YARMOUTH - The Municipality of Yarmouth is going to continue pinging the federal government for a Doppler radar weather system to service southwestern Nova Scotia.
The municipality informed the federal environment minister in 2014 about the need and recently revived the subject by contacting other municipal units in the region for support.
The municipalities of Clare, Argyle, Digby, Annapolis, Shelburne and Queens, plus the towns of Annapolis Royal, Digby, Yarmouth, Digby, Shelburne and Kentville were on board as a Nov. 22 municipal council meeting.
Last February the federal government signed an $83-million contract to purchase 20 modern radars that will have extended severe-weather detection range to 240 kilometres per radar from the current 120 km. The new radar sites will be built across the country over the next seven years.
Decisions on the locations for the new radars are still pending. The contract contains an option to install up to 15 additional radars by March 31, 2023.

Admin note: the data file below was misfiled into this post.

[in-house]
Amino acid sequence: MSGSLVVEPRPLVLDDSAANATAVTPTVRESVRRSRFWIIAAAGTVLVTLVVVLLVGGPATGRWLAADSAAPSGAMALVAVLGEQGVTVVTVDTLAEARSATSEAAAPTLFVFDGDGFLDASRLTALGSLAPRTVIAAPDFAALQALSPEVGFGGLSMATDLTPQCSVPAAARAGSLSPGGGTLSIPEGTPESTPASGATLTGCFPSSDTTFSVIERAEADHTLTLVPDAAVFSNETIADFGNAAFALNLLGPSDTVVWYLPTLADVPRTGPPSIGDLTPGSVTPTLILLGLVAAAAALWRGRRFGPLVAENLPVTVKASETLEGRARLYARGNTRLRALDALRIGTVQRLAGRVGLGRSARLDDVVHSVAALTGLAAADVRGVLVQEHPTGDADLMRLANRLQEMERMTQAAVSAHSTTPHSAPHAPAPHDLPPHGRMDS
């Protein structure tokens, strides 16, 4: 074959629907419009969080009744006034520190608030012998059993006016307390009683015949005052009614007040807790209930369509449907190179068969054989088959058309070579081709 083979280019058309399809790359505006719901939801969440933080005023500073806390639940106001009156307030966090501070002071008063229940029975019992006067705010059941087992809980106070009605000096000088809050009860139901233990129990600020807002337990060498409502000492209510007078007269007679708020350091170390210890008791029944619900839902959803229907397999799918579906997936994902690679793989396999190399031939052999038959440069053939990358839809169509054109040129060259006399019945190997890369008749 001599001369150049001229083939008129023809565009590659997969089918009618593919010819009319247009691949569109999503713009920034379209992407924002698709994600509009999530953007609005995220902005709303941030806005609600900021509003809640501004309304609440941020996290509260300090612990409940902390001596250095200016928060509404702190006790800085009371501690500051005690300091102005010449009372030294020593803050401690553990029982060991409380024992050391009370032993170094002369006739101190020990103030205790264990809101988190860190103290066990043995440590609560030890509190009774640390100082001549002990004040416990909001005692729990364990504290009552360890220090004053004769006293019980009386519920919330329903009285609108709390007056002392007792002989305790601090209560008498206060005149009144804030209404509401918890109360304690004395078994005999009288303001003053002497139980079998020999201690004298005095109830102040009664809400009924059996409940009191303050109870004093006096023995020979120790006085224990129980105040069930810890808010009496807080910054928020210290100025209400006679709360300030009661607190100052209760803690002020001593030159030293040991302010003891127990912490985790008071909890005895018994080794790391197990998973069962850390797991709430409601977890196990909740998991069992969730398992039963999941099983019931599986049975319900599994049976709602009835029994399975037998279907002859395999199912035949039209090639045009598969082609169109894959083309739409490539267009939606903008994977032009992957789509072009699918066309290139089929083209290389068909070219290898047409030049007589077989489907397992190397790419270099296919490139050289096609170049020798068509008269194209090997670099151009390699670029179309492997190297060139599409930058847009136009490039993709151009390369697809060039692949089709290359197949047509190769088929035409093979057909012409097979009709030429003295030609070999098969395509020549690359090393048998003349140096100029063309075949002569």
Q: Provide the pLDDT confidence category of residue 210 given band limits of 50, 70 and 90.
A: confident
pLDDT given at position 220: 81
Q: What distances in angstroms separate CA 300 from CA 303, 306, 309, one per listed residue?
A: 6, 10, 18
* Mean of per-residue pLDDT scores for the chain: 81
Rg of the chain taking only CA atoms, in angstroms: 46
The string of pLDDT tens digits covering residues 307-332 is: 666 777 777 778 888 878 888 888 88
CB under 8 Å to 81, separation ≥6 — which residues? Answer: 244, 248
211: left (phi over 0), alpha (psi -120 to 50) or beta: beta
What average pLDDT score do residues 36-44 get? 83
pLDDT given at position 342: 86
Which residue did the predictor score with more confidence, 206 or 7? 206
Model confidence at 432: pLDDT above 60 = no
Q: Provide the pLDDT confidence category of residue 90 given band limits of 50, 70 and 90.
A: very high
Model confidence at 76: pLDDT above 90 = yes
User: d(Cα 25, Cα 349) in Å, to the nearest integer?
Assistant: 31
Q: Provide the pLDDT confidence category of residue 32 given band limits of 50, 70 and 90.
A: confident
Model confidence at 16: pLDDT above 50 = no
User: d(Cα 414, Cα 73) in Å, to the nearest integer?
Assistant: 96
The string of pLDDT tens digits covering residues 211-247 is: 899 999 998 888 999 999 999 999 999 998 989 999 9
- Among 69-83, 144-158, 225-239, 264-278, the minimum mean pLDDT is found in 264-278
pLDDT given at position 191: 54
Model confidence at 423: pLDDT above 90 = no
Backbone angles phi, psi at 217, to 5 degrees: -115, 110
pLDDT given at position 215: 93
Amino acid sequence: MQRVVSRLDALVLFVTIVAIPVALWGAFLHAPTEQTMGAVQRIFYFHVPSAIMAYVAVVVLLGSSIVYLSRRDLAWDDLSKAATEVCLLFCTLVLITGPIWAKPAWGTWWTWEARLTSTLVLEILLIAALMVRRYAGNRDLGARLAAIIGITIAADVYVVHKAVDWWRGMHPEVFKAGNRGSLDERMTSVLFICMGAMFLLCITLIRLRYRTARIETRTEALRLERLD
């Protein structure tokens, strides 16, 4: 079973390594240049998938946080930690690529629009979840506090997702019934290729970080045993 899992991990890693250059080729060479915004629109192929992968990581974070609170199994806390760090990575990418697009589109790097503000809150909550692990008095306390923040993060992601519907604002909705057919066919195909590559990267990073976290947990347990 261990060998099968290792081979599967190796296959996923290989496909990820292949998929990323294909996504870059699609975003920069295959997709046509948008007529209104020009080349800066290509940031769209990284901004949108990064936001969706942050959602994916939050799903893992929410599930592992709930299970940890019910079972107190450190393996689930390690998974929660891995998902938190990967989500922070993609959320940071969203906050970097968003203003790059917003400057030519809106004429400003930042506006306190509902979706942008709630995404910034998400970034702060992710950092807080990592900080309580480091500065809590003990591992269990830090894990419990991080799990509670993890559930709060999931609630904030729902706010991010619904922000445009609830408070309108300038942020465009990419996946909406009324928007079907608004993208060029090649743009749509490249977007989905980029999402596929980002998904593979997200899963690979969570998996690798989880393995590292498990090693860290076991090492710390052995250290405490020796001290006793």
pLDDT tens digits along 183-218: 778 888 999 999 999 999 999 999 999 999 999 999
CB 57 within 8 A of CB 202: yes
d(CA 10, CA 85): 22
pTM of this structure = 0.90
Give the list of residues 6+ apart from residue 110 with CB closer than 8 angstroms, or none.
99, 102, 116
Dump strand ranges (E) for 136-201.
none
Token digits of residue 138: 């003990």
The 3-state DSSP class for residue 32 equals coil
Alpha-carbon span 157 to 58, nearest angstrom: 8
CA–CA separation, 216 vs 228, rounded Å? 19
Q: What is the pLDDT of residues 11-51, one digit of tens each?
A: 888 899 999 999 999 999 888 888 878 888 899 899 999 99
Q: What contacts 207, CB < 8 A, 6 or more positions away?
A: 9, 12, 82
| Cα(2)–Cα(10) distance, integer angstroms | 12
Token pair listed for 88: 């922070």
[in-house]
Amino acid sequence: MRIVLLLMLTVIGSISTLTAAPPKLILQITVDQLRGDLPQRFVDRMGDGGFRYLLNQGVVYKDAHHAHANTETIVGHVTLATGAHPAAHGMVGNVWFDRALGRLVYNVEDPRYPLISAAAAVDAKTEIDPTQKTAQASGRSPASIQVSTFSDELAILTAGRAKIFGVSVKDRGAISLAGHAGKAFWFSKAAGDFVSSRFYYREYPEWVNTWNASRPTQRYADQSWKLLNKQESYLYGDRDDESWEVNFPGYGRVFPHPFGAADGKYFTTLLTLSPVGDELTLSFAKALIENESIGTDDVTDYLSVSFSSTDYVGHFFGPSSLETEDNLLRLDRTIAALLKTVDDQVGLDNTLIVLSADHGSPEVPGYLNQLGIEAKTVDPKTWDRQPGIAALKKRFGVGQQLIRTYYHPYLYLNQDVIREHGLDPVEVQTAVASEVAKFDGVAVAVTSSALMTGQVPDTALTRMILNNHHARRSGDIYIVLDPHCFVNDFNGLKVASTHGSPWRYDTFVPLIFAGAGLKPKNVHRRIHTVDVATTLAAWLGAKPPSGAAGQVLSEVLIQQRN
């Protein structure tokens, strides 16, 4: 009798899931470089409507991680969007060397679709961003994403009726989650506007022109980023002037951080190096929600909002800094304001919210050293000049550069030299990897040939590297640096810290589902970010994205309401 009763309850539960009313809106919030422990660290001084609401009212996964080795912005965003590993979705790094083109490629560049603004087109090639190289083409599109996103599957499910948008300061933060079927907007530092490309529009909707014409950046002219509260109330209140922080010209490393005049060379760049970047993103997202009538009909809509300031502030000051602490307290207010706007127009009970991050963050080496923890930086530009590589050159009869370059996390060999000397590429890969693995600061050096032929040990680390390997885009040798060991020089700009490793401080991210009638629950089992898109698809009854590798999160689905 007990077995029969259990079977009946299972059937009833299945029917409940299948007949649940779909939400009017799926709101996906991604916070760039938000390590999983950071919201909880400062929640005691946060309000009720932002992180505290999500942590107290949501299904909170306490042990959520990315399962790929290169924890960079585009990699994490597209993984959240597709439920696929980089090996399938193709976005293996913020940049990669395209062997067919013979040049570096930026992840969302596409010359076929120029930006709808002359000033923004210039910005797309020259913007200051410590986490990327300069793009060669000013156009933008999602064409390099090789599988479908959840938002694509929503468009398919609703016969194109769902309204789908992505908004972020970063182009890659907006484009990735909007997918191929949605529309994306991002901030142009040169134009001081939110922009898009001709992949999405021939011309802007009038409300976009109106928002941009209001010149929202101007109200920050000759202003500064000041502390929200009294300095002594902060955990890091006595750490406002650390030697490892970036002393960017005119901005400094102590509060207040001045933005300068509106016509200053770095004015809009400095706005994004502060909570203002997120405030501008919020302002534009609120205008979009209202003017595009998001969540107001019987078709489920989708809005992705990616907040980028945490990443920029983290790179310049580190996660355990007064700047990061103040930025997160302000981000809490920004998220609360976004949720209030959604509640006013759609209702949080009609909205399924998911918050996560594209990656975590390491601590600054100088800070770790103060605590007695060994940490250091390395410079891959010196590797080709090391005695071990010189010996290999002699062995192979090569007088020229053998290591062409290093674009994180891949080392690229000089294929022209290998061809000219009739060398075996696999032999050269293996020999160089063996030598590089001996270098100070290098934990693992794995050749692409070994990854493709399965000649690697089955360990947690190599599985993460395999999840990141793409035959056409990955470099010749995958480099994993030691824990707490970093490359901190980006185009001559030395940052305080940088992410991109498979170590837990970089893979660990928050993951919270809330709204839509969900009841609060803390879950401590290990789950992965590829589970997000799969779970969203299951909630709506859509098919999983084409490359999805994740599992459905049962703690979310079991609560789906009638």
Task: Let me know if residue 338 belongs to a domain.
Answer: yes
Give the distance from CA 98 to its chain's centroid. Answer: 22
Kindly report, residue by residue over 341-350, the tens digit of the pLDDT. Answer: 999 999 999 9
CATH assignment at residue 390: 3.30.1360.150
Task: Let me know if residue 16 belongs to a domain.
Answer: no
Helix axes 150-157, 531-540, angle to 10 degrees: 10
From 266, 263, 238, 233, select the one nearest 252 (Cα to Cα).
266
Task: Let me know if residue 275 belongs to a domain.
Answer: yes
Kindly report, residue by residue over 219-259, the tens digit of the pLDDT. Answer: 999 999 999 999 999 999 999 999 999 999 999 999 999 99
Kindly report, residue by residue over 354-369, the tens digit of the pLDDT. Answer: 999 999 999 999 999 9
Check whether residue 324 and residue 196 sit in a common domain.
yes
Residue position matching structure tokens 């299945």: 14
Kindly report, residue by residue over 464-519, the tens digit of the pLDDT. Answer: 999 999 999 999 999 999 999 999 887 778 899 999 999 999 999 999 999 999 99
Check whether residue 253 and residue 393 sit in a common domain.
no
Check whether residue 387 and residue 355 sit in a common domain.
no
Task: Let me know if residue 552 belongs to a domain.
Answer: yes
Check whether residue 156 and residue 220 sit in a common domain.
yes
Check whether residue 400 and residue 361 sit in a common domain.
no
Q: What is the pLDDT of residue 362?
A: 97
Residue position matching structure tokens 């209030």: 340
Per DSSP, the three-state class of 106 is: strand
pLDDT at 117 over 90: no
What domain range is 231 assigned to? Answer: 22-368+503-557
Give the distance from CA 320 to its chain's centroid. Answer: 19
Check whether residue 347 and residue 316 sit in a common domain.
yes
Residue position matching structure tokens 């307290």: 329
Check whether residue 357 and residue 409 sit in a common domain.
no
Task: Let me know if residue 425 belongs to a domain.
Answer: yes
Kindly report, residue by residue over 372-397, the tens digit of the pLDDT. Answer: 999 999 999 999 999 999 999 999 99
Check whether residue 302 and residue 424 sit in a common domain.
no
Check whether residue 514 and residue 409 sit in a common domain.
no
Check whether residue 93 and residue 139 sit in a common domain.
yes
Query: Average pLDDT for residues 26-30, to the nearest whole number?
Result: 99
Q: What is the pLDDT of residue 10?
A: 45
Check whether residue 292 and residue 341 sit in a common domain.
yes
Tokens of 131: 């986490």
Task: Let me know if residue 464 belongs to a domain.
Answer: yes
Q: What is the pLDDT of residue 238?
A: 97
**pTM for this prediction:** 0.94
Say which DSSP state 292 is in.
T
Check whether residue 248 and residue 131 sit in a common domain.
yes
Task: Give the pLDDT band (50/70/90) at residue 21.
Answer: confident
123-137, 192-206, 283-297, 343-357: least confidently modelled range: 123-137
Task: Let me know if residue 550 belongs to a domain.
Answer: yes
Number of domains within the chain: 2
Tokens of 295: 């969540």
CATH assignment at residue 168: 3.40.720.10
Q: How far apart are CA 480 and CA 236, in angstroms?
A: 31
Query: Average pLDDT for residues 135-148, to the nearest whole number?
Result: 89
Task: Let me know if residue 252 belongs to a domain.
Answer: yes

The nearest Canadian Doppler radar sites are in Halifax and Chipman (near Fredericton).
Yarmouth municipal council member Gerard LeBlanc and others on council say Doppler radar systems in those locations don’t cover this region. He asked fellow councillor Daniel Allen his opinion at the Nov. 22 council meeting
Allen has been a fisherman for 27 years.
“Right now, Transport Canada is imposing a lot of rules and regulations to try and make things safe,” he said.
“Our main thing is our weather. We need to know when we can go and when we can’t. In all honesty we rely on the United States weather stations and buoys.
“I think if you polled the 1,000 lobster licences in District 34 alone, 90 per cent of them would probably say Environment Canada is one of the last sources they go to.”
At the end of the discussion, council approved a motion to arrange for a meeting with Environment Canada officials to discuss the issue.